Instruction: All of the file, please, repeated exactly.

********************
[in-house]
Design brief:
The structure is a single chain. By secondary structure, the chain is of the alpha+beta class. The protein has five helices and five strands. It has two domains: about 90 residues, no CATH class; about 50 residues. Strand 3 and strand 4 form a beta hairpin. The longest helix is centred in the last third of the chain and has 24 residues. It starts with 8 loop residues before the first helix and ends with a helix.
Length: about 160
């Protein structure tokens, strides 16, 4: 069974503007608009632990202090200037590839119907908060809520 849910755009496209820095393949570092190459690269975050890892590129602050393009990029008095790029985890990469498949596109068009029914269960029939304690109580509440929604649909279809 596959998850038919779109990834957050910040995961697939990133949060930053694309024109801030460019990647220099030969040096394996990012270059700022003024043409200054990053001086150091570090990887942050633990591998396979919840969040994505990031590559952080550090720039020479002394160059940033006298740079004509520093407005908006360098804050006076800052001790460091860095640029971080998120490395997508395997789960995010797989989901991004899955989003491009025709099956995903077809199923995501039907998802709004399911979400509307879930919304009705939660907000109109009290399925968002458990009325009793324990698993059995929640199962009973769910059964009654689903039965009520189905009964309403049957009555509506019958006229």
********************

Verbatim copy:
[in-house]
Design brief:
The structure is a single chain. By secondary structure, the chain is of the alpha+beta class. The protein has five helices and five strands. It has two domains: about 90 residues, no CATH class; about 50 residues. Strand 3 and strand 4 form a beta hairpin. The longest helix is centred in the last third of the chain and has 24 residues. It starts with 8 loop residues before the first helix and ends with a helix.
Length: about 160
């Protein structure tokens, strides 16, 4: 069974503007608009632990202090200037590839119907908060809520 849910755009496209820095393949570092190459690269975050890892590129602050393009990029008095790029985890990469498949596109068009029914269960029939304690109580509440929604649909279809 596959998850038919779109990834957050910040995961697939990133949060930053694309024109801030460019990647220099030969040096394996990012270059700022003024043409200054990053001086150091570090990887942050633990591998396979919840969040994505990031590559952080550090720039020479002394160059940033006298740079004509520093407005908006360098804050006076800052001790460091860095640029971080998120490395997508395997789960995010797989989901991004899955989003491009025709099956995903077809199923995501039907998802709004399911979400509307879930919304009705939660907000109109009290399925968002458990009325009793324990698993059995929640199962009973769910059964009654689903039965009520189905009964309403049957009555509506019958006229």